Review of the Tutorial on Algorithms for Memory Sensitive Computing at STOC

Martin Farach-Colton and I ran a Tutorial on Algorithms for Memory Sensitive Computing on May 18th at the 44th ACM Symposium on Theory of Computing (STOC) at NYU. Here is the program for the tutorial.

Erik Demaine (MIT) spoke on the History of I/O Models. Throughout the years, a remarkable variety of computational models have been proposed to explain the effects of caching, data locality, prefetching, and single-and multi-level memory hierarchies. Erik traced the intellectual history and connections between these models. Most approaches now sit on shelves. (For example, lower bounds on the cache and I/O efficiency of matrix multiplication or FFT were proved by playing a game of placing red and blue pebbles on a graph.) Other approaches have become universal. Most asymptotic analysis of I/O efficient algorithms assumes the Disk-Access and Cache-Oblivious Models in which blocks have size B, RAM has size M, and performance is measured by counting memory transfers. This style of analysis will be familiar to those who’ve seen our talks on how Fractal Tree® Indexes work.

Pankaj Agarwal (Duke, Scalgo) and Lars Arge (Aarhus University, MADALGO, Scalgo) gave a joint talk on I/O and Geometry. They spoke about algorithms (buffer trees, distribution sweeping) for manipulating massive geometric (and nongeometric) data sets. They showed how these approaches are used at Scalgo for processing massive terrain data, e.g., to predict floods after heavy rains or innundations caused by rising sea levels.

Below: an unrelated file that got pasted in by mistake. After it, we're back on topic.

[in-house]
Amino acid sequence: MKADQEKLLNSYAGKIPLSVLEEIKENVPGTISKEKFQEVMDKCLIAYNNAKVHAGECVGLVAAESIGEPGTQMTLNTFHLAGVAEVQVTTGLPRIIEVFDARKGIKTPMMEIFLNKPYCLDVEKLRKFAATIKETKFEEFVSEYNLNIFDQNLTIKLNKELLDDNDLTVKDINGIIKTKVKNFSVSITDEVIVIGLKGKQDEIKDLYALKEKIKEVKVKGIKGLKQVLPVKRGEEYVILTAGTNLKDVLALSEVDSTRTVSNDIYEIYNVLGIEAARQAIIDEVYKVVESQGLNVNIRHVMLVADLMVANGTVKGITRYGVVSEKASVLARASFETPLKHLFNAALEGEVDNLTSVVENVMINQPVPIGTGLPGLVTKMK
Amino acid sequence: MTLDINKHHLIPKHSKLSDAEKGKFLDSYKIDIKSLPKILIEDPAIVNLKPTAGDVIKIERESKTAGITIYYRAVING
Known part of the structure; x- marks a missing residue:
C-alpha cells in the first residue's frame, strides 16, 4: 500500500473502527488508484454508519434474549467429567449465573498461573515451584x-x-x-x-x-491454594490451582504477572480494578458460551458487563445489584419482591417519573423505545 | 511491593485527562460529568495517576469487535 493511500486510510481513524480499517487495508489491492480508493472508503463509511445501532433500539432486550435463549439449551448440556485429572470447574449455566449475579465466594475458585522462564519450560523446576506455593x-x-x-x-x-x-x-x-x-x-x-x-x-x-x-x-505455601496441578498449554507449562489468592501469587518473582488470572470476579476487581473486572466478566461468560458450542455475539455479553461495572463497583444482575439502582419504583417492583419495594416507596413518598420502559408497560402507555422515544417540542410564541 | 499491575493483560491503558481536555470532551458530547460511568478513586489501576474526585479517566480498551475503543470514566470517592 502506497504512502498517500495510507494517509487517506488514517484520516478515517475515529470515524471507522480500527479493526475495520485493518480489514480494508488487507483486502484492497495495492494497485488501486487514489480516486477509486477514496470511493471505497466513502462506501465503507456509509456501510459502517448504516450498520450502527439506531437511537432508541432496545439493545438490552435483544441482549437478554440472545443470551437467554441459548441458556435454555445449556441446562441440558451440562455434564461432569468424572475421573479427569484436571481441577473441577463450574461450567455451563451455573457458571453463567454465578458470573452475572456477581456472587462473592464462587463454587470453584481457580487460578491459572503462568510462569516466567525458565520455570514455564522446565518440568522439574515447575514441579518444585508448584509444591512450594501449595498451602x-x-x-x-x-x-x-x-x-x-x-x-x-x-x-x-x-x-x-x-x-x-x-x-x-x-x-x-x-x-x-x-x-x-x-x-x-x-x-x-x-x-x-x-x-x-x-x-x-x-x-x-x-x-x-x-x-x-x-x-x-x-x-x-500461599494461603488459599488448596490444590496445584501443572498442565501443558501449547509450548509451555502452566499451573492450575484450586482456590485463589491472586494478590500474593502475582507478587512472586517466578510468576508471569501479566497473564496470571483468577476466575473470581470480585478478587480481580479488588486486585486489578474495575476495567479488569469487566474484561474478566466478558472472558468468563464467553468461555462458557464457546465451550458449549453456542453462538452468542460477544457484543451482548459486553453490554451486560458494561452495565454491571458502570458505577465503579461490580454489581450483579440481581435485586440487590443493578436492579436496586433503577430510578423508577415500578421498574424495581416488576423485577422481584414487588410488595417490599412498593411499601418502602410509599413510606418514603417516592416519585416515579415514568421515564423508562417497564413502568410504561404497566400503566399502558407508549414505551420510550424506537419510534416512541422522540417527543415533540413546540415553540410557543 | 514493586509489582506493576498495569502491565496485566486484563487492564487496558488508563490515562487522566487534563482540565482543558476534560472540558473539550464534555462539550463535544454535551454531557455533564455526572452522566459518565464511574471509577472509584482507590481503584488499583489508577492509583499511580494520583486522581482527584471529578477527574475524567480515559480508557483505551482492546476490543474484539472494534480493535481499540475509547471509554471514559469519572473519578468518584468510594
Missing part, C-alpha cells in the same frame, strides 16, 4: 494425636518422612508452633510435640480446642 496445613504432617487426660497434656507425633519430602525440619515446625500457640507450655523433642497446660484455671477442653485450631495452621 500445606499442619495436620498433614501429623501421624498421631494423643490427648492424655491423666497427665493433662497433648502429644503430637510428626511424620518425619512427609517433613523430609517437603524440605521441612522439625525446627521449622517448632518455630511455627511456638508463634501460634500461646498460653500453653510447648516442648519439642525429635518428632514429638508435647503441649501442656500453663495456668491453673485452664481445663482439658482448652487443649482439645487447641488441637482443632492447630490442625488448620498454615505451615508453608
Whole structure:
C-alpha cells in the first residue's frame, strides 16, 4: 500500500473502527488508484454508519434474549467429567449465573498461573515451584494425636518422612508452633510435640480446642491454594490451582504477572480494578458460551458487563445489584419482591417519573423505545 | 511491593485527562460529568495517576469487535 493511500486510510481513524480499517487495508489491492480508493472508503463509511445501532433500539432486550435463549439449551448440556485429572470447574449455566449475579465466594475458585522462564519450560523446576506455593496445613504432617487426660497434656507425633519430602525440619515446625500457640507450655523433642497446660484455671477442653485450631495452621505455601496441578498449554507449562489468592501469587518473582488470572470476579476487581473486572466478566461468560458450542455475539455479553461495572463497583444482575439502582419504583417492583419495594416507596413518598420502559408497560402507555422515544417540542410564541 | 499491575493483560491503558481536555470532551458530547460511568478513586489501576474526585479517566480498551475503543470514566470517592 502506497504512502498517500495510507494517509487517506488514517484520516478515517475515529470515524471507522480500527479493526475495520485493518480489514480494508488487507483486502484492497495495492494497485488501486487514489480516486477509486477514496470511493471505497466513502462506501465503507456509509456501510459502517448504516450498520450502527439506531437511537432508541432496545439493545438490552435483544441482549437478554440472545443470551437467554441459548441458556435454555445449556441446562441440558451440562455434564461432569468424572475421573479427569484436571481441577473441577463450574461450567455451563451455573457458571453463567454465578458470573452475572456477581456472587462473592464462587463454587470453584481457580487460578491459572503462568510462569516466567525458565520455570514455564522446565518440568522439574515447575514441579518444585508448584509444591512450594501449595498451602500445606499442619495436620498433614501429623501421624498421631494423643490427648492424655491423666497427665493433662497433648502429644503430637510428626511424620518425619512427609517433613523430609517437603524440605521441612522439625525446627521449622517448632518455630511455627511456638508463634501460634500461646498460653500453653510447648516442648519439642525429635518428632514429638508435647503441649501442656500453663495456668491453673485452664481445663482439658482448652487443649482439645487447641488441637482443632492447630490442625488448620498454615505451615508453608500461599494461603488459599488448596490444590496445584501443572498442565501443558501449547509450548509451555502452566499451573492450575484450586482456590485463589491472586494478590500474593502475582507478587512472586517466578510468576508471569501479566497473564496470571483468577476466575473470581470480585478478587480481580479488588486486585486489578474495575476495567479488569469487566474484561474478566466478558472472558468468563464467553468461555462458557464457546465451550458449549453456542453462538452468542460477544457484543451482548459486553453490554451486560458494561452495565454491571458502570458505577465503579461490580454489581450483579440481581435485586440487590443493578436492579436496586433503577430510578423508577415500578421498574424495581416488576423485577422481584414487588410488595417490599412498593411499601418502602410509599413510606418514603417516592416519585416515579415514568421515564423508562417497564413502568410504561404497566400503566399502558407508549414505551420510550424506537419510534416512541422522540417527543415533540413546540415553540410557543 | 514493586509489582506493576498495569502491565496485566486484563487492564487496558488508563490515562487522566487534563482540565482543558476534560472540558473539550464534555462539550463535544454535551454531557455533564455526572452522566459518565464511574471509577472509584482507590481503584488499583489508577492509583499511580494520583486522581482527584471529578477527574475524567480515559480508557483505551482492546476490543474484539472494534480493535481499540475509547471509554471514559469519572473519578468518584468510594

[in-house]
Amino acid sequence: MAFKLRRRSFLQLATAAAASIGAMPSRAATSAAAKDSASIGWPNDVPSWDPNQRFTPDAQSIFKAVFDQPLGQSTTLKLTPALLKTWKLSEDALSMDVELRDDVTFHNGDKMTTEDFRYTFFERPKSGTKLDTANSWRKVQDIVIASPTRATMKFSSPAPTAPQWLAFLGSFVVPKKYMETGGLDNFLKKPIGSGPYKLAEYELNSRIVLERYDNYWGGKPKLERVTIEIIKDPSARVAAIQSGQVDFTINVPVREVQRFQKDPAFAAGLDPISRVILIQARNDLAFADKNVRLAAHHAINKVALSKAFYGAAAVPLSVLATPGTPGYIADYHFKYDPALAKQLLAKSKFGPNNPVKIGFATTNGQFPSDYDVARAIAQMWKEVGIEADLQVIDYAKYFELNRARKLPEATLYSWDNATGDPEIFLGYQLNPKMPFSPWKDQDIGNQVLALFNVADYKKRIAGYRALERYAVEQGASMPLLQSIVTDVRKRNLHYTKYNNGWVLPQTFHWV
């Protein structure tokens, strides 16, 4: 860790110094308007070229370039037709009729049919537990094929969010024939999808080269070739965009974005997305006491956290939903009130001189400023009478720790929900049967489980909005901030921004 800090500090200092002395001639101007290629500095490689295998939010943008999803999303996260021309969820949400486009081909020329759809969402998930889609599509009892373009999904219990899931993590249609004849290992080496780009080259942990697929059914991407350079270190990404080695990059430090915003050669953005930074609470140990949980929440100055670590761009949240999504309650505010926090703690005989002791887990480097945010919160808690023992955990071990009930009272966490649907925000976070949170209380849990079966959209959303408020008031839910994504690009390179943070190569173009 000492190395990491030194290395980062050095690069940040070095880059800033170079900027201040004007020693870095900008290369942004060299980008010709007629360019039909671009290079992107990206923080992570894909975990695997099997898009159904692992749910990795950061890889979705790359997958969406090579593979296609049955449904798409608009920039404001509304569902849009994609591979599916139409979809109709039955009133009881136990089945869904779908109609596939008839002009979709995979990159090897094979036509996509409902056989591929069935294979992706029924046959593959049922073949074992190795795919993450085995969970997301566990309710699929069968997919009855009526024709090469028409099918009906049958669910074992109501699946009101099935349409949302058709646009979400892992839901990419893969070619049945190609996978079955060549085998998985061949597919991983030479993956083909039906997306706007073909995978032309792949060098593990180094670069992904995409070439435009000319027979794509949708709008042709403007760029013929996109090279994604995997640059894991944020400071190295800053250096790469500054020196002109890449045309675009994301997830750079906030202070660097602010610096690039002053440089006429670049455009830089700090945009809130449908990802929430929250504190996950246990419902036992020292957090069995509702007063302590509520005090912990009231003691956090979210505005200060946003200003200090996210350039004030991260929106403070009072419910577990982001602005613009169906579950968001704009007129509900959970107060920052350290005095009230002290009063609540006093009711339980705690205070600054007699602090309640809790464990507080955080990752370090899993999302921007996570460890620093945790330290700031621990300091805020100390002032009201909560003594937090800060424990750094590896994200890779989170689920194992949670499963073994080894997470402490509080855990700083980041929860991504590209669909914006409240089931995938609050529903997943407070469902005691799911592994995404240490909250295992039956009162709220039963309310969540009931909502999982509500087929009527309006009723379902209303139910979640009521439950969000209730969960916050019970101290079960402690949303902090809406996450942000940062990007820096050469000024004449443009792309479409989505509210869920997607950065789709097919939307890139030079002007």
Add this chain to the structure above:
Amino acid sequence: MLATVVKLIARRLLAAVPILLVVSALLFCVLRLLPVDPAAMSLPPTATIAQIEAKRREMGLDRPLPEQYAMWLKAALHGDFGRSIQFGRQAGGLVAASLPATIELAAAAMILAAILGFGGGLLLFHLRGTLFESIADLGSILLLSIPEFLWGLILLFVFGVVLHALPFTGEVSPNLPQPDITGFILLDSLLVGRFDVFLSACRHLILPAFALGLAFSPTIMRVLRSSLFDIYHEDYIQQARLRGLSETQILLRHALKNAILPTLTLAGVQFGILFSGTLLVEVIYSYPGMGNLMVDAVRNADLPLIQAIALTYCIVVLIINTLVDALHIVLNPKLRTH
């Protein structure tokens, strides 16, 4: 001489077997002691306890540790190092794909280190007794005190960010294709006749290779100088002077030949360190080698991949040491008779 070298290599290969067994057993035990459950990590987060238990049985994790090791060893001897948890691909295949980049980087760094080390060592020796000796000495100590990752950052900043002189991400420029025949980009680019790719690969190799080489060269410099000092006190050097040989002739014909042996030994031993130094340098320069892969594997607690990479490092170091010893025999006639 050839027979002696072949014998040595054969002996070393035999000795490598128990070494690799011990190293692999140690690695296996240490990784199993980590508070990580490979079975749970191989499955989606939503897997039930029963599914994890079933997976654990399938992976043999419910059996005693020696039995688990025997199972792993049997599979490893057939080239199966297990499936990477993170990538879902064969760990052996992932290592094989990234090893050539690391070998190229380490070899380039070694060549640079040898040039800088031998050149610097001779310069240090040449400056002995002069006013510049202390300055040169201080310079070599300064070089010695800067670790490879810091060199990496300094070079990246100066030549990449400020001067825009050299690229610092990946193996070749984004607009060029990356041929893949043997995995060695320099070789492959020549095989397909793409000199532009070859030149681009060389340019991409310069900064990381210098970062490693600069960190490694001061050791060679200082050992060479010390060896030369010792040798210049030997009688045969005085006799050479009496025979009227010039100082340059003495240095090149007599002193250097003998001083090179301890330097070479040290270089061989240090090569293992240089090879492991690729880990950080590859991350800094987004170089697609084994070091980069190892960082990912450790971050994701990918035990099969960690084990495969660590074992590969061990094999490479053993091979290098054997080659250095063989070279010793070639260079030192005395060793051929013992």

Paolo Ferragina spoke on I/O and Strings. His presentation was simultaneously a historical reminiscence and a deep technical talk. Paolo explained the interconnections between string searching, suffix trees, string B-trees, and various static and dynamic compressed indexes. He discussed provably good approaches for trading off compression and performance.

Martin and I gave a joint talk on I/O and Databases. We gave an overview of indexing and touched upon good index selection. We then pointed out the difficulty of indexing under heavy data loads and how write-optimization can help. (No surprise here.) We then did a deep dive into the foundations of write optimization and how it’s used in production. We discussed our experience transforming our original theoretically good write-optimized data structure into a full-featured Fractal Tree Index.

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